Since Trump was elected I have become so sceptical of pretty much everyone I interact with (justifiably so in many cases where I've truly reevaluated the way they act) that I have basically stopped hanging out with most people aside from my gf and it feels really bad. Having to accept that most men have awful opinions and do awful things is something that I continually struggle to reconcile with actually functioning as a person, and somewhere in my bed there needs to be an arbitrary line that lets me think people are okay but I don't know where to draw it.

 

I can't imagine what it's like to have been assaulted and I hope that actual societal change occurs.

 

I'm going to add to this with a problem that has a pretty easy solution.

I have childhood friends who I have known since i was a 6 or so. I've been distancing myself from them because they have some shitty views on women/politics. But lately i think it'll come to a head on having to straight up confront them, half because I want to see if its even worth it to open the dialogue and if not, it'll be easier to punt them.

Recently, I've gotten more confrontational in general and I was very much a passive aggressive person in the past, but spending years in quiet anger only gets you so far, and I sometimes feel like shit for keeping quiet and everything on the status quo for so long. I patted myself on the back too long for accepting that I dont think this way, so I'm good. 

It's weird to think about pushing out decades long presences in my life, but the urge to reconcile these feelings has overwhelmed tiptoeing around them

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Just now, wahdiohead said:

 

I'm going to add to this with a problem that has a pretty easy solution.

I have childhood friends who I have known since i was a 6 or so. I've been distancing myself from them because they have some shitty views on women/politics. But lately i think it'll come to a head on having to straight up confront them, half because I want to see if its even worth it to open the dialogue and if not, it'll be easier to punt them.

Recently, I've gotten more confrontational in general and I was very much a passive aggressive person in the past, but spending years in quiet anger only gets you so far, and I sometimes feel like shit for keeping quiet and everything on the status quo for so long. I patted myself on the back too long for accepting that I dont think this way, so I'm good.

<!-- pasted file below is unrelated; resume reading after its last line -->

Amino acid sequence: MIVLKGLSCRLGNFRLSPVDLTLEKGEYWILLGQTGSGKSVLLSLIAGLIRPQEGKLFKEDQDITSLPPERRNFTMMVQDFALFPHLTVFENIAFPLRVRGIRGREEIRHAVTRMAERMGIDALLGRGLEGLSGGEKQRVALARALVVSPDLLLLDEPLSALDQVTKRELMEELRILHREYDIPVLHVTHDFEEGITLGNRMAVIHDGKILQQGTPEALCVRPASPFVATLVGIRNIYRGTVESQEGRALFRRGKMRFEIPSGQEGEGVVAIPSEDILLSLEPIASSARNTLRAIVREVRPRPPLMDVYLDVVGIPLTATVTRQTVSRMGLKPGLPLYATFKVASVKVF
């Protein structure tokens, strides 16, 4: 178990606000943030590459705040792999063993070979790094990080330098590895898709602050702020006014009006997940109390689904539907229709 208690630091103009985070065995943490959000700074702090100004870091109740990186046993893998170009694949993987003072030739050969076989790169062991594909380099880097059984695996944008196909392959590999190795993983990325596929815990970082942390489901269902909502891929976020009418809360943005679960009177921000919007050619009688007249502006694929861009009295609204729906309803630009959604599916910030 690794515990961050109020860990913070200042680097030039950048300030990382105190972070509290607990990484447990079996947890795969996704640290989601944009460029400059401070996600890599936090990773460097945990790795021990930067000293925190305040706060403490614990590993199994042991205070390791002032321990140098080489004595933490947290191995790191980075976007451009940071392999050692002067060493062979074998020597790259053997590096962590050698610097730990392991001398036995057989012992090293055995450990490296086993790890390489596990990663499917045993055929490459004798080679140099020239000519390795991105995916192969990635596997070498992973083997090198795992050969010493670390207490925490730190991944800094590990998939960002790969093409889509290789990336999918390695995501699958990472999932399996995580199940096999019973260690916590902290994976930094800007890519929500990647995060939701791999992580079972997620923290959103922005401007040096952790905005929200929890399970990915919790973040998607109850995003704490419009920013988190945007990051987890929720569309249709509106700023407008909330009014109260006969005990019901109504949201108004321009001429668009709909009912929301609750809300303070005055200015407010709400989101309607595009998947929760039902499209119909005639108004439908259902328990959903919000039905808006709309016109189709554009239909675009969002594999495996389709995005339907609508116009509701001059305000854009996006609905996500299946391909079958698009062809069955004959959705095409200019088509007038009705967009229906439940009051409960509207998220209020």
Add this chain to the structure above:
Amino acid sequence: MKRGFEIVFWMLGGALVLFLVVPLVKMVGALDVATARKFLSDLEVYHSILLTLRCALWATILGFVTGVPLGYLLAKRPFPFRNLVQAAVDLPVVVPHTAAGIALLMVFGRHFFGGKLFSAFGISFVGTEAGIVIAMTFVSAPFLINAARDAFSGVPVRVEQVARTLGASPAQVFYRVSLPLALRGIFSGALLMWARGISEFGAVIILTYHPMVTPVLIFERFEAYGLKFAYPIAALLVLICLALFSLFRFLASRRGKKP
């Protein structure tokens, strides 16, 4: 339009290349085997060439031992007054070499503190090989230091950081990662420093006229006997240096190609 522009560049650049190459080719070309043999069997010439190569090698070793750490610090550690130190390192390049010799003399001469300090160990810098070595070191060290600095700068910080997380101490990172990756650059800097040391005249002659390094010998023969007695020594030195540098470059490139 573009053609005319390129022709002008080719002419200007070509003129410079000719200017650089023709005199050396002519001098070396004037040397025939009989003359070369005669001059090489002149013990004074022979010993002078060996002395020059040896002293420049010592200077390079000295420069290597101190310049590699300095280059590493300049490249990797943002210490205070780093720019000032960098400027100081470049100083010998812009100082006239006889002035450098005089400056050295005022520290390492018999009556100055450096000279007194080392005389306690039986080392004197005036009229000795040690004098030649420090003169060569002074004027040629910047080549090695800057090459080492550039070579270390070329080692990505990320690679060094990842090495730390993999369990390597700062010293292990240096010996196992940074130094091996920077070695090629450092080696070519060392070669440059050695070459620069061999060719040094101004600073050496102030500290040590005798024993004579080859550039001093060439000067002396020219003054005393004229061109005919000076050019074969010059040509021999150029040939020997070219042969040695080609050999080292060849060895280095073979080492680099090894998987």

It's weird to think about pushing out decade long presences in my life, but the urge to reconcile these feelings has overwhelmed tiptoeing around them

i am going through the same thing, specifically with one friend. i've gotten into arguments with him before and confronted him about shit as well and it was futile. he's forever going to be the way he is. 

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2 minutes ago, wahdiohead said:

 

I'm going to add to this with a problem that has a pretty easy solution.

I have childhood friends who I have known since i was a 6 or so. I've been distancing myself from them because they have some shitty views on women/politics. But lately i think it'll come to a head on having to straight up confront them, half because I want to see if its even worth it to open the dialogue and if not, it'll be easier to punt them.

Recently, I've gotten more confrontational in general and I was very much a passive aggressive person in the past, but spending years in quiet anger only gets you so far, and I sometimes feel like shit for keeping quiet and everything on the status quo for so long. I patted myself on the back too long for accepting that I dont think this way, so I'm good. 

It's weird to think about pushing out decade long presences in my life, but the urge to reconcile these feelings has overwhelmed tiptoeing around them

for what it's worth, i have noticed you doing this here and on FB and you are one of very few people who seems willing to do it. i'm not giving you a cookie for it but these actions are seen and appreciated. there is nothing worse than being out on a limb in the first place and having everyone else just kinda stare at you awkwardly.

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speaking of woody allen, here's a list of actors who have worked with him since dylan farrow published a letter in 2014 saying that he molested her when she was a child:

Parker Posey x2
Emma Stone x2
Colin Firth
Kate Winslet
Justin Timberlake
Juno Temple
Jim Belushi
Jude Law
Diego Luna
Liev Schreiber
Joaquin Phoenix
Jesse Eisenberg
Kristen Stewart
Steve Carell
Blake Lively
Timothée Chalamet
Selena Gomez
Elle Fanning
Sheryl Lee :Laura:
Marcia Gay Harden
Rebecca Hall
Suki Waterhouse
Jacki Weaver
David Krumholtz
Anna Camp
Paul Schneider
Corey Stoll
Jack Gore
Debi Mazar
Tony Sirico
Steve Schirripa
Max Casella
Hamish Linklater
Simon McBurney
Jeannie Berlin
Ken Stott
Eileen Atkins
Tony Sirico
Stephen Kunken
Sari Lennick
Max Adler
Don Stark
Gregg Binkley
Jamie Blackley
Betsey Aidem
Ethan Phillips
Sophie von Haselberg
Ben Rosenfield
Susan Pourfar

 

i would have posted a list of everybody who worked with him since it became public knowledge that he married soon-yi, but that would just be too long of a list.

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here are some of the reasons actors have given for working with woody allen. you won't hear anybody from his recent film speaking on this, as they've canceled red carpet events and press tours to avoid being asked the question.